I have been practicing Social Security Disability law for over 35 years and I sometimes run into this scenario. A disabled person has a hearing scheduled in front of an administrative law judge. The judge will decide whether or not the person is awarded disability benefits. The person misses the hearing or shows up for the hearing late. The judge will normally “dismiss” the person’s case. This can be the end of the road for the applicant unless the applicant had a good reason for missing the hearing. Typically, judges will not dismiss the case until the individual is more than 15 minutes late.
THE CASE OF JOHN DOE: In a recent case, Mr. John Doe could not make it to the courtroom because of a snowstorm. His case was dismissed. We appealed and the Appeals Council reversed the judge and found the snow storm was “good cause” for his failure to appear.
THE CASE OF JANE DOE: In a more recent case, Ms. Jane Doe went to the wrong building and did not show up until 30 minutes after the scheduled time for the hearing. When Ms. Jane Doe got her dismissal she contacted us and we appealed. The Appeals Council which hears appeals of judge’s decided send it back to the judge for a hearing regarding whether she had “good cause” to miss the hearing.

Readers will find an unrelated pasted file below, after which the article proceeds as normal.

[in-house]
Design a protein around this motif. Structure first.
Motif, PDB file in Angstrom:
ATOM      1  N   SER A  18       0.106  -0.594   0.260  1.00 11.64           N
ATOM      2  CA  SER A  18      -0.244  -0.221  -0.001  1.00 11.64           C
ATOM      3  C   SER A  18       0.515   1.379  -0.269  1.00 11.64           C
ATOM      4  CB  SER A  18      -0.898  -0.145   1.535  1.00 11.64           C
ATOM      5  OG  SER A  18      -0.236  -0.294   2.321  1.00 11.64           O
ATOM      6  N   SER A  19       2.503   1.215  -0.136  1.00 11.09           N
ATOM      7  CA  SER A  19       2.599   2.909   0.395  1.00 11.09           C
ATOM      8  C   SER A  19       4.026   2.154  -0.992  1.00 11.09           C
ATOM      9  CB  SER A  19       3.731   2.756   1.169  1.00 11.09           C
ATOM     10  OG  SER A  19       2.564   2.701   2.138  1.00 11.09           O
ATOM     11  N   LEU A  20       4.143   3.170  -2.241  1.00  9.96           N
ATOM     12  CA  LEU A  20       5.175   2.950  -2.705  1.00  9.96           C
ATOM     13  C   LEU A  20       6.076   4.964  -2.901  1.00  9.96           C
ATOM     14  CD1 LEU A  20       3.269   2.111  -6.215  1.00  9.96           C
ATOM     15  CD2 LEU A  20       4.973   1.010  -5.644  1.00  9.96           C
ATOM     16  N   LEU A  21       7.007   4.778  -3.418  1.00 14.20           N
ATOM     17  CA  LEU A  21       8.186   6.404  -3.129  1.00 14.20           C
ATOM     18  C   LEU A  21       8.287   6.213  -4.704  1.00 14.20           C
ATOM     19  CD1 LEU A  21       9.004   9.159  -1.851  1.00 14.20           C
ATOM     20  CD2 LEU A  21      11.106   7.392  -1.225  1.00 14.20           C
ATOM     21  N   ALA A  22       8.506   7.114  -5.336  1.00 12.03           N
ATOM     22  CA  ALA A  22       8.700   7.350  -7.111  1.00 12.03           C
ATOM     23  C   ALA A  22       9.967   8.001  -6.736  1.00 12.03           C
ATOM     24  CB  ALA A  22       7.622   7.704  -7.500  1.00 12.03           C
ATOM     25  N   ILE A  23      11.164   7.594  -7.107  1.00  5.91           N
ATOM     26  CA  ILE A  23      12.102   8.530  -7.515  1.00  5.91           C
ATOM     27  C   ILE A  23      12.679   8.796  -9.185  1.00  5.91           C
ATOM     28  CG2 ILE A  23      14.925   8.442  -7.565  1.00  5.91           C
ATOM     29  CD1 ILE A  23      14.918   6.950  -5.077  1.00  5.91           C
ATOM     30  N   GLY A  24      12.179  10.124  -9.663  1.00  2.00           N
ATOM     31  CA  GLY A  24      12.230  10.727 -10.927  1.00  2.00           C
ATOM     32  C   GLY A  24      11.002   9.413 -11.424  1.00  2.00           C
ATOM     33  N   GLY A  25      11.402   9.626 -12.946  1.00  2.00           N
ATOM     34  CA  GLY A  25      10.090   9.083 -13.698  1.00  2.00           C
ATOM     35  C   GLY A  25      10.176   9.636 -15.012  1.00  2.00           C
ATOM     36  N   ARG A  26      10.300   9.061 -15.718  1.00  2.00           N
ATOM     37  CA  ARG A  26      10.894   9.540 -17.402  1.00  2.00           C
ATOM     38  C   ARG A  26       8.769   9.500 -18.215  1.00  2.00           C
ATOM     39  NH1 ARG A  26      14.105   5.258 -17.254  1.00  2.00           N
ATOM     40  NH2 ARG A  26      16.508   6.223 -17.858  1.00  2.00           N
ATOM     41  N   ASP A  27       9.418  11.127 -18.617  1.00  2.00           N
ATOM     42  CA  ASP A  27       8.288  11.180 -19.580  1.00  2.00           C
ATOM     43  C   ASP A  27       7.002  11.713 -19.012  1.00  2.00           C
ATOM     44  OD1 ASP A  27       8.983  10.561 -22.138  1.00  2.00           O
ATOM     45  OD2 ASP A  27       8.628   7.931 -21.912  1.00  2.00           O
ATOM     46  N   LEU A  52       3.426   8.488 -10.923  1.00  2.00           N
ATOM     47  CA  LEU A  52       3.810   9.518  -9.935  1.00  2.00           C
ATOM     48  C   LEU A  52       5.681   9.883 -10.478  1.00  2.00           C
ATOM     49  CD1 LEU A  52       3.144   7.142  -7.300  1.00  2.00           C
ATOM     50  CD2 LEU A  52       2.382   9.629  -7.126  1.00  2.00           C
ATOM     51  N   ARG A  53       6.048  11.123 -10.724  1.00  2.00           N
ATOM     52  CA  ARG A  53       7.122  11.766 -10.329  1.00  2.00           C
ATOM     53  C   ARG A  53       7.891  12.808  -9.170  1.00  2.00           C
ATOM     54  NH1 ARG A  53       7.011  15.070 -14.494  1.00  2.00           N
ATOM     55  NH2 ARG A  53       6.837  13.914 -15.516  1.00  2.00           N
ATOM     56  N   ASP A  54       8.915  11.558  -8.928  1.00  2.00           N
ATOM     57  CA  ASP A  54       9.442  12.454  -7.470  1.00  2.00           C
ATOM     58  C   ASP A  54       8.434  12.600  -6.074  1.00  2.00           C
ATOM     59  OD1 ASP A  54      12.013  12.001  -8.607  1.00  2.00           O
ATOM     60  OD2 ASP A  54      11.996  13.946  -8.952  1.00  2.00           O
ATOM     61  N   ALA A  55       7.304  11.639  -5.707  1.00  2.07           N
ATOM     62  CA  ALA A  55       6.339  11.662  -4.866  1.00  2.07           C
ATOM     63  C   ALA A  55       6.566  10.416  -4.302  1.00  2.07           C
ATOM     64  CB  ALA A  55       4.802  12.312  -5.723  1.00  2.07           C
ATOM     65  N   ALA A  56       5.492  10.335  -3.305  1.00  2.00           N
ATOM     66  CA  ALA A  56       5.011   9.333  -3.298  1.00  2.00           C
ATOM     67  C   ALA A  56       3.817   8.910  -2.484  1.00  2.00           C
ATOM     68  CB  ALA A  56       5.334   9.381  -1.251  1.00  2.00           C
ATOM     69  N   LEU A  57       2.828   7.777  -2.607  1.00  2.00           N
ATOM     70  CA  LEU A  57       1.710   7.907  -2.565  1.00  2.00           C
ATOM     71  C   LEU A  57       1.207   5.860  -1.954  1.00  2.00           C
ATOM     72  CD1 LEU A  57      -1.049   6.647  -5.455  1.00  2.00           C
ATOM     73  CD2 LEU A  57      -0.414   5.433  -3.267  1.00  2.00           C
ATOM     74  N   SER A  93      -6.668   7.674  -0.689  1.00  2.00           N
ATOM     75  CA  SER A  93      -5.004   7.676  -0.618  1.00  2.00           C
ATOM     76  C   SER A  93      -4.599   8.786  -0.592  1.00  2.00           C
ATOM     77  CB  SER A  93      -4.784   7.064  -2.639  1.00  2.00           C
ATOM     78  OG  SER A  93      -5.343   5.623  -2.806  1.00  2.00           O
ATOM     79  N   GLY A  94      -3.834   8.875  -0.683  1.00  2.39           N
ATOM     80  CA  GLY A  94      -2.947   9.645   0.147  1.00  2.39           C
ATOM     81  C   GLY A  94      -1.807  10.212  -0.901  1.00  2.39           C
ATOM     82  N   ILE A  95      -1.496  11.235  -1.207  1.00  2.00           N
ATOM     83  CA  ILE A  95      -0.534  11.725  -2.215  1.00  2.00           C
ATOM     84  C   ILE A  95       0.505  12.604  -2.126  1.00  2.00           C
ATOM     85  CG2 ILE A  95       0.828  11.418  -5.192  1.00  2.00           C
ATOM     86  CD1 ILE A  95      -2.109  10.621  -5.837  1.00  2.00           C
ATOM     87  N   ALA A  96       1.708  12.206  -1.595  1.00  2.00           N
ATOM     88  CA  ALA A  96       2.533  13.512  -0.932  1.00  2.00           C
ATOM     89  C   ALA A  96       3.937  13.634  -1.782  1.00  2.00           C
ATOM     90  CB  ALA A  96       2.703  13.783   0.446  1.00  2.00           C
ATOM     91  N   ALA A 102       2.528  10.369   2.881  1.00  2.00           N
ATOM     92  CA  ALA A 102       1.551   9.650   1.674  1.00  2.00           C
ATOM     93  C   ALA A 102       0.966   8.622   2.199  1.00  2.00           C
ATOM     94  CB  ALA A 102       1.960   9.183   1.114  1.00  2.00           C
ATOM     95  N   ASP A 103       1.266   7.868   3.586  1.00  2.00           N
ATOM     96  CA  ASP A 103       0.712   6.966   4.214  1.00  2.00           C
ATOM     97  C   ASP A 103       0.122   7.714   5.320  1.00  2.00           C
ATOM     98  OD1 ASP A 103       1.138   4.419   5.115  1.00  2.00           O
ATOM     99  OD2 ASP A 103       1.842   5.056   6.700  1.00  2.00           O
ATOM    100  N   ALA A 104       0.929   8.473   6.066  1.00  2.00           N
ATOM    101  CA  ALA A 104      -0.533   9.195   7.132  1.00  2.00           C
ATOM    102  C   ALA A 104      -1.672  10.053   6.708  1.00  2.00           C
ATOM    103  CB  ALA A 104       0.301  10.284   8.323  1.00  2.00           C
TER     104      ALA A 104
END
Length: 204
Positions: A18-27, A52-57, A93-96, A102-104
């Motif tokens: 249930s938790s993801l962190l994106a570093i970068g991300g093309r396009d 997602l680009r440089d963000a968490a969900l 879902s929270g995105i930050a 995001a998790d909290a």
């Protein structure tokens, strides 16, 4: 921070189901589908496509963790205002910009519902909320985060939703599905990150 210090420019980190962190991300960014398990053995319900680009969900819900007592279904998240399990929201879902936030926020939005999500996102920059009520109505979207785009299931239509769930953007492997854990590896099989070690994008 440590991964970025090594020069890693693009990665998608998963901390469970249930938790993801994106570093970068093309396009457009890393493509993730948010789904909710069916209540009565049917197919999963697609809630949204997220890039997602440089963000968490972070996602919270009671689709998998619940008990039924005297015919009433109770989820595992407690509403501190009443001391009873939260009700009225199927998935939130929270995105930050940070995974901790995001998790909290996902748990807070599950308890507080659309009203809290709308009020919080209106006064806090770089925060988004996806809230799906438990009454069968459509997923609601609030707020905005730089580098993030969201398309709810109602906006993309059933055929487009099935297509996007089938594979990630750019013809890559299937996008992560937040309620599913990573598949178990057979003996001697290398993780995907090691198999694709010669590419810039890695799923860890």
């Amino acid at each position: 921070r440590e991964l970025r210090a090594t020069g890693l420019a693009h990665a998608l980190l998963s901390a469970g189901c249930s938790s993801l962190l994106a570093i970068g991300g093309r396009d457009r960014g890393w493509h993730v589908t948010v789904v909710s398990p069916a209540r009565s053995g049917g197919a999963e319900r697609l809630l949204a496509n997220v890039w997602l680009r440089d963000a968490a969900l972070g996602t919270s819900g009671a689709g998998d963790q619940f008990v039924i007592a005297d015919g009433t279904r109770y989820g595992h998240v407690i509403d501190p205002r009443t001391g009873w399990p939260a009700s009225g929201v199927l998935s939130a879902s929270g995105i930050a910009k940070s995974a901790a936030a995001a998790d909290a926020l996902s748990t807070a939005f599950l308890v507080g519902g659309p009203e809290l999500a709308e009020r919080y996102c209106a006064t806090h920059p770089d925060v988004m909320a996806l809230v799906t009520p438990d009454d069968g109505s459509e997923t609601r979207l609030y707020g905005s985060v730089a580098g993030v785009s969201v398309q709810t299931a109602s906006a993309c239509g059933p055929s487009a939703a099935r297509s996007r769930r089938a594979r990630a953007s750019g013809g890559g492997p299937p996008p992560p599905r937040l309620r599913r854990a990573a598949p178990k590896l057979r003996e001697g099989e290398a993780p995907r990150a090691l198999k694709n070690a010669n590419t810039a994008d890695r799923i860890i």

THE CASE OF RICHARD ROE: . Richard had his case set for a hearing six months ahead of time. Unfortunately, Richard had an automobile accident the day before his hearing. This caused him to be hospitalized at a local hospital. he was released the day of the hearing but he was in no shape to come to the hearing. he did call the hearing office but they failed to register his call. His case was dismissed but when we appealed his case the Appeals Council ruled his hospitalization was “good cause” for him to miss the hearing.
THE CASE OF JANE ROE: Jane had a hearing scheduled three months before her incarceration. At the time of the hearing she was in jail and could not attend the hearing. When she failed to show, her disability case was dismissed. Her appeal to the Appeals Council is pending.
In summary, even though you miss the hearing, that omission is not fatal to your case as long as you can establish “good cause” for your failure to appear. Generally, it should be a cause outside your control.